Identifying Hazards in the Workplace
Safety and health issues in the workplace should be addressed just the same as production and all other aspects of the business. Management should evaluate the work environment, analyze the specific tasks and all associated risks of each job. A Health and Safety survey should include a review of employee work habits, the use of all hazardous materials, physical risks from the use of potentially dangerous tools or equipment. In addition, specific standards that are applicable to the type of operation should be reviewed for compliance.
The goal is to determine the where, what and how a worker is likely to be injured.
As much information as possible should be gathered about current conditions in the workplace, as well as the possibility of injuries that could be related to the use of:
- Chemicals (toxic, flammable, corrosive, explosive)
- Electrical such as shock/short circuit, fire, static, loss of power Ergonomics (strains) issues that might result in injury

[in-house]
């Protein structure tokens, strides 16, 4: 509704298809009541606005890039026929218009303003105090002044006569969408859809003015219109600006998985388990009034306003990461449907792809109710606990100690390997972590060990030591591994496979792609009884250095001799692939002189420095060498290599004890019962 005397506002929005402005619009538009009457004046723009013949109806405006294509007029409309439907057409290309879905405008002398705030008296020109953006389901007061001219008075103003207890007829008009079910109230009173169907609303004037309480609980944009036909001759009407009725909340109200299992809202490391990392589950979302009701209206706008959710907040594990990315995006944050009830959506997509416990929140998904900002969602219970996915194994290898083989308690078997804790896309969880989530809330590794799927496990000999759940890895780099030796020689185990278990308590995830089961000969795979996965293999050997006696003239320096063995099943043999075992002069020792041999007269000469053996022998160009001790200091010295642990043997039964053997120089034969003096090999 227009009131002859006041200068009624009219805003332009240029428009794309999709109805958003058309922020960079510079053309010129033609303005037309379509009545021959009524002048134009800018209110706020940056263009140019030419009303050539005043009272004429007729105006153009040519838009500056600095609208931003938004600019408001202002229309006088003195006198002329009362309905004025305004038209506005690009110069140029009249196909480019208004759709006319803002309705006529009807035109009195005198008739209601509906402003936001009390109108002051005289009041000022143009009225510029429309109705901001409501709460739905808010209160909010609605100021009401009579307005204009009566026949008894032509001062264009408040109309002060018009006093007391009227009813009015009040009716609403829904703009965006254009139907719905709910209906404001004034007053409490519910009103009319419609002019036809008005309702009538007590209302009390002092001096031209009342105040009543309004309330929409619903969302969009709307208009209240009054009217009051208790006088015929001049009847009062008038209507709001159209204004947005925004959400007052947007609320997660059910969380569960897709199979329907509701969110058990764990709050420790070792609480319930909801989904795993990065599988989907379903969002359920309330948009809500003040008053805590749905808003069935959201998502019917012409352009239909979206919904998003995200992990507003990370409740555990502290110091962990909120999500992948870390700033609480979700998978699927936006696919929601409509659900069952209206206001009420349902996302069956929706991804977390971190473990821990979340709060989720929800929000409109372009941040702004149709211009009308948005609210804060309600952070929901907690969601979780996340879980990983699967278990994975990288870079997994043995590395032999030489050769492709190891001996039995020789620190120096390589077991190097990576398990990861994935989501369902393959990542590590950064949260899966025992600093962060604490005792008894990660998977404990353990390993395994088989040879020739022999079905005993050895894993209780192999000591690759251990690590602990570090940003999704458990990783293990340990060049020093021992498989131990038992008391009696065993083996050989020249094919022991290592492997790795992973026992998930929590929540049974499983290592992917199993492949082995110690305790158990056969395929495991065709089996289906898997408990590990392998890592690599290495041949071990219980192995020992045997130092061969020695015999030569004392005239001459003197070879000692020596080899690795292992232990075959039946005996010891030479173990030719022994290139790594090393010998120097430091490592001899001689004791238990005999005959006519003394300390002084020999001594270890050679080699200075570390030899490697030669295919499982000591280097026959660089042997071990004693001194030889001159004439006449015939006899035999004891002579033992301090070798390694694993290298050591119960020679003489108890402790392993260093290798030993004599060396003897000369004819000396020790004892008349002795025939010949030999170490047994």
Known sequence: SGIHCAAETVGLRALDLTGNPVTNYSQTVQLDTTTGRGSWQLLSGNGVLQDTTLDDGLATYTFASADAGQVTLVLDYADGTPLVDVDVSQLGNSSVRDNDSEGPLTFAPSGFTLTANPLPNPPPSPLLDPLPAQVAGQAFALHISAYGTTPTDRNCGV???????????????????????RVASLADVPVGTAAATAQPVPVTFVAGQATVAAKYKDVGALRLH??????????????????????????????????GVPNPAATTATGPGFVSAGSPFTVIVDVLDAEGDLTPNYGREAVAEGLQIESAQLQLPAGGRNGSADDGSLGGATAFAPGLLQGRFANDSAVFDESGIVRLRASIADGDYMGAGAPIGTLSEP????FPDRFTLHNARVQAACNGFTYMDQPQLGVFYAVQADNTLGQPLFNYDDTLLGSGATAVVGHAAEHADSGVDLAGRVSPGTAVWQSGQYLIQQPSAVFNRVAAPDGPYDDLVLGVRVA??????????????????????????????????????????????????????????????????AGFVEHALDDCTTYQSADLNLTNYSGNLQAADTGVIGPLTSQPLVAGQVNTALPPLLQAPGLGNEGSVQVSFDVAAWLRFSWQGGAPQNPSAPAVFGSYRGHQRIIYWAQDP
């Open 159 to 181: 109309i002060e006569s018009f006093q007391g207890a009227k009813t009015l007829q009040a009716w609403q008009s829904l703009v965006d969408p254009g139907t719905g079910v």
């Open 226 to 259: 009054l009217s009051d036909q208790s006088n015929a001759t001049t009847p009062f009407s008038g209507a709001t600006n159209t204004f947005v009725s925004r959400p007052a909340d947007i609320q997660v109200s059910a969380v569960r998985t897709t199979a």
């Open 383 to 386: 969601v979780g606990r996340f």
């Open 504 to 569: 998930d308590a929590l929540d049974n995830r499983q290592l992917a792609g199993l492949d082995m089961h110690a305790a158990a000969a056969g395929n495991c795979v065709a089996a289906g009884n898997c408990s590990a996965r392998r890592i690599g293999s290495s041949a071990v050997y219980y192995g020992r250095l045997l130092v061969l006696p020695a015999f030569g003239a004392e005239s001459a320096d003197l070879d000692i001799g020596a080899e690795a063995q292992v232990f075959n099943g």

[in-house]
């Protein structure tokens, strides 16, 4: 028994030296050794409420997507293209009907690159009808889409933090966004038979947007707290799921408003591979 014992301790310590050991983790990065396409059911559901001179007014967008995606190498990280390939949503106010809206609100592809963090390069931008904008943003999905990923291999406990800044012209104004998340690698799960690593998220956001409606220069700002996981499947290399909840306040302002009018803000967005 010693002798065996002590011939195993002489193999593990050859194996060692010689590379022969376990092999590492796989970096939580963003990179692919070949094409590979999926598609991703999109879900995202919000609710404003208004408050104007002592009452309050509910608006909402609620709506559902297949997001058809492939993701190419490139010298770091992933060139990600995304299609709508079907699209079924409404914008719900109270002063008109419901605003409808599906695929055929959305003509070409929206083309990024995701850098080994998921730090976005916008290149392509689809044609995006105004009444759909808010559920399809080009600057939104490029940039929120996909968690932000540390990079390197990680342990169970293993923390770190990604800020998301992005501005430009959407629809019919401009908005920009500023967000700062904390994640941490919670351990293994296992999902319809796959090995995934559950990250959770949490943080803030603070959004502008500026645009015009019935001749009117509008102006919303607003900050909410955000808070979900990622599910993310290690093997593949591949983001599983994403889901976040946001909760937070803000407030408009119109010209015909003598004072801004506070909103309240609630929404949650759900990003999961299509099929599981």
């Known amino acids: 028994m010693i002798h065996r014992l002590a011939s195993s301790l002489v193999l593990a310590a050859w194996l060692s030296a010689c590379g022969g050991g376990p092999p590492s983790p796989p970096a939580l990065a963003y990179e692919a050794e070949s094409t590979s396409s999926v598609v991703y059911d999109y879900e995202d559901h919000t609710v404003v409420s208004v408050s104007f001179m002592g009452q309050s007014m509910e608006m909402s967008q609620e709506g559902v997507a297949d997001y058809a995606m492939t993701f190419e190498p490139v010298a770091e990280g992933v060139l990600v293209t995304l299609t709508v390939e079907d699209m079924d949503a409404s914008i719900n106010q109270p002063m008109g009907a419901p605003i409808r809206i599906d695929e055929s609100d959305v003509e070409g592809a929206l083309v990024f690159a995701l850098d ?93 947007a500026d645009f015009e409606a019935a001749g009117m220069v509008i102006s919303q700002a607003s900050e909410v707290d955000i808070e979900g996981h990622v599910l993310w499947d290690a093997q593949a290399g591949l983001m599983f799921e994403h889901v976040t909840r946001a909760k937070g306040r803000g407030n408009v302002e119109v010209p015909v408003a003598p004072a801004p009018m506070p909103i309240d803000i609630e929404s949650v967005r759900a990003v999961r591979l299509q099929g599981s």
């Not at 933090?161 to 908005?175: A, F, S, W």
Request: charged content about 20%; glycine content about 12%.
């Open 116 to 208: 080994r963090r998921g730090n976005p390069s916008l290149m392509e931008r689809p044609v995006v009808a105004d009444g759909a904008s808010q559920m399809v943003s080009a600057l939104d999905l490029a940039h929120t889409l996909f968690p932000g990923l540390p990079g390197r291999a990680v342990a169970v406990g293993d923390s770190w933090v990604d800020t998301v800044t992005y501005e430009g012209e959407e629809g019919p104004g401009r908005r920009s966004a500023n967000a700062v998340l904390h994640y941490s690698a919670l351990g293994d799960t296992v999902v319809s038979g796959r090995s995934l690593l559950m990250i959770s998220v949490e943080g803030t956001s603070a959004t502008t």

- Excavation accidents from collapse of dirt or walls Explosion from chemical reaction, over pressurization
- Falls due to unsafe conditions causing slipping or tripping from heights or flat walking surfaces
- Falls due to poor housekeeping, uneven surfaces and exposed ledges
- Fire or heat causing burns
- Mechanical problems resulting in chaffing, vibration, material fatigue, body parts exposed to injury
- Noises causing hearing damage, inability to communicate, increased stress
- Injury from falling objects or projectiles
- Injury to the body from tools such as saws, screwdrivers, hammers
- Temperature extremes resulting in heat stress, heat exhaustion or hypothermia
- Visibility problems due to poor lighting, obstructions resulting in injury
- Weather phenomena such as rain, snow, wind, ice which increases hazards
After an assessment of the workplace, any existing Injury and Illness Prevention Program should be evaluated to identify areas that are working well now and those that need improvement. After all the facts have been gathered, the next step will be the action plan for the development of an effective safety program.